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Classroom in Mexico
A North Carolina team visiting schools in Mexico included (left to right) Francine Madrey and Donna Benson (partially hidden from view) of Winston-Salem State University; Vivian Martin Covington, ECU; and Manuel Vargas, Appalachian State University. Vargas, a native of Mexico, was one of the program coordinators and translators. (Contributed photo)

Faculty Travel South of the Border for Global Study


School of Education faculty from East Carolina University traveled to Mexico this summer, as part of a global study program that examines how cultural factors for limited English proficiency students affect learning and achievement.

The “Preparing K-12 Teachers to Educate Latino/Hispanic Students” program, sponsored by the N.C. Center for International Understanding, enables educational institutions to develop teacher training that addresses pedagogical strategies for Latino/Hispanic students.

Vivian Covington, director of teacher education, Todd Finley, associate professor of English education, and Christine Shea, foundations of education professor, participated in the study. They visited schools and universities in Mexico, observed classes and met with teachers and school administrators.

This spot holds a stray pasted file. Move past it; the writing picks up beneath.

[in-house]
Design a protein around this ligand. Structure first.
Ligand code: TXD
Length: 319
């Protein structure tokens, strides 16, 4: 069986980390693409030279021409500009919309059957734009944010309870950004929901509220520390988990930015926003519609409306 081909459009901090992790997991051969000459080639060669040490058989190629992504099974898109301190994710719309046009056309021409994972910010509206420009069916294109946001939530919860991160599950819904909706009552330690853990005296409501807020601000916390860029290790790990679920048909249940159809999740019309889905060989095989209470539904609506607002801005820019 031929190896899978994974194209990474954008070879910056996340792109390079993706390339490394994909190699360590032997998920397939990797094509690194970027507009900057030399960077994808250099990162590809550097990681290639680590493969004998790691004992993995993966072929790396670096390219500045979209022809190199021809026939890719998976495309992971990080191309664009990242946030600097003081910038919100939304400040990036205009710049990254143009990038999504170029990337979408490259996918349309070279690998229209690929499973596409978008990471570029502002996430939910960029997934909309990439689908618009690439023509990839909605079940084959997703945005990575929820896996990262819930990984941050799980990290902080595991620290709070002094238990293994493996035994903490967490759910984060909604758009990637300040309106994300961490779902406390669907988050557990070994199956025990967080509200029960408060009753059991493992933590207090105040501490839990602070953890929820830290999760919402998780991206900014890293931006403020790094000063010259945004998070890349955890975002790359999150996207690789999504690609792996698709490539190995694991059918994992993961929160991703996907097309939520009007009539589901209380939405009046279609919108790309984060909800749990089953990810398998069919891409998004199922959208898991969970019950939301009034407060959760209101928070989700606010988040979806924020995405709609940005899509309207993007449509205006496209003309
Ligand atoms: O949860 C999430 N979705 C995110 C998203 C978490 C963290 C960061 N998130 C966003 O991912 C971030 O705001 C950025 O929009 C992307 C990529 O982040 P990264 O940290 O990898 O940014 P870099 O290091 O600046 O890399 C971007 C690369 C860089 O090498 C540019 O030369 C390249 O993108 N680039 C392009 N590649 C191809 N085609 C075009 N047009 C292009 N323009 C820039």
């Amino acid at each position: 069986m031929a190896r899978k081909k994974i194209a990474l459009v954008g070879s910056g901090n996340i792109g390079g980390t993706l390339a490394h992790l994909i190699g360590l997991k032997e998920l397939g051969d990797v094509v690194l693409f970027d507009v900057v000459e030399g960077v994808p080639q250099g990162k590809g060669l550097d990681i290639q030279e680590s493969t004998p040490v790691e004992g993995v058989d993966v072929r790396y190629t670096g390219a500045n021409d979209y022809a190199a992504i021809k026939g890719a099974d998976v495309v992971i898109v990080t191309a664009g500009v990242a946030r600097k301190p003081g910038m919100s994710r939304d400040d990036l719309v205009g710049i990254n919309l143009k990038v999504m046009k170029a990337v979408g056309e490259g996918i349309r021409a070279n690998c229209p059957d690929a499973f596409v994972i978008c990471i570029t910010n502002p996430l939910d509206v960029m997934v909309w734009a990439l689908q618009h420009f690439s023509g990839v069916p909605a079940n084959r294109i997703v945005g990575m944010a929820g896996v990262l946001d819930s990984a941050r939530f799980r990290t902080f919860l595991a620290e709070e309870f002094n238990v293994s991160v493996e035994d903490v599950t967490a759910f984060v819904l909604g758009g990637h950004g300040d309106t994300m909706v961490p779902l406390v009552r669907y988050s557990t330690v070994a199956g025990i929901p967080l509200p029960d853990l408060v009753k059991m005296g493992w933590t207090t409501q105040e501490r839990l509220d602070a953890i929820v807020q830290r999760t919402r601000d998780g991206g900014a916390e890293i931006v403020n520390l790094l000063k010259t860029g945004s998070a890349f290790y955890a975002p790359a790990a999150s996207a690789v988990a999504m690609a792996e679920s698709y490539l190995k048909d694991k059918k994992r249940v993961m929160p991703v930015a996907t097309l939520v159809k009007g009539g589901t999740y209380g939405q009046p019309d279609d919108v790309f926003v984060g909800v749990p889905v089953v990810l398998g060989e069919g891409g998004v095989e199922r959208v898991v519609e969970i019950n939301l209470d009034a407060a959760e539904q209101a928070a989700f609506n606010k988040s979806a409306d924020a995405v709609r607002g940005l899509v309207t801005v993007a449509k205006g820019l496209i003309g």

Covington said her immersion into the Mexican culture was a life-changing experience. The group traveled into small communities, meeting families who are unable to find work in their own country.

These families are dependent upon relatives who cross the border into the United States to earn money.

“I knew jobs were sparse,” Covington said, “But I had no idea just how sparse they really were.” Many of the people have no other option but to cross the border into the U.S. for work.
When families cross the border, they often bring young children with minimal English skills into American schools. If those students cannot comprehend the lessons being taught, they will eventually drop out of school, she said.

Covington said that teachers can benefit from knowing some conversational phrases and from engaging Latino/Hispanic students’ extended families in the children’s school activities. Information sent home should be bilingual, for instance, so that families with minimal English proficiency can understand how their children are doing.

While ECU teacher education already addresses diversity, participants from the trip hope the experience will help them improve ECU’s process of teacher preparation.

Their studies can help new teachers develop the skills to not only retain students from other cultures but also to help them succeed in the classroom.

 

11/15/05
This page originally appeared in the Oct. 14, 2005 issue of Pieces of Eight. Complete issue is archived at http://www.ecu.edu/news/poe/archives.cfm.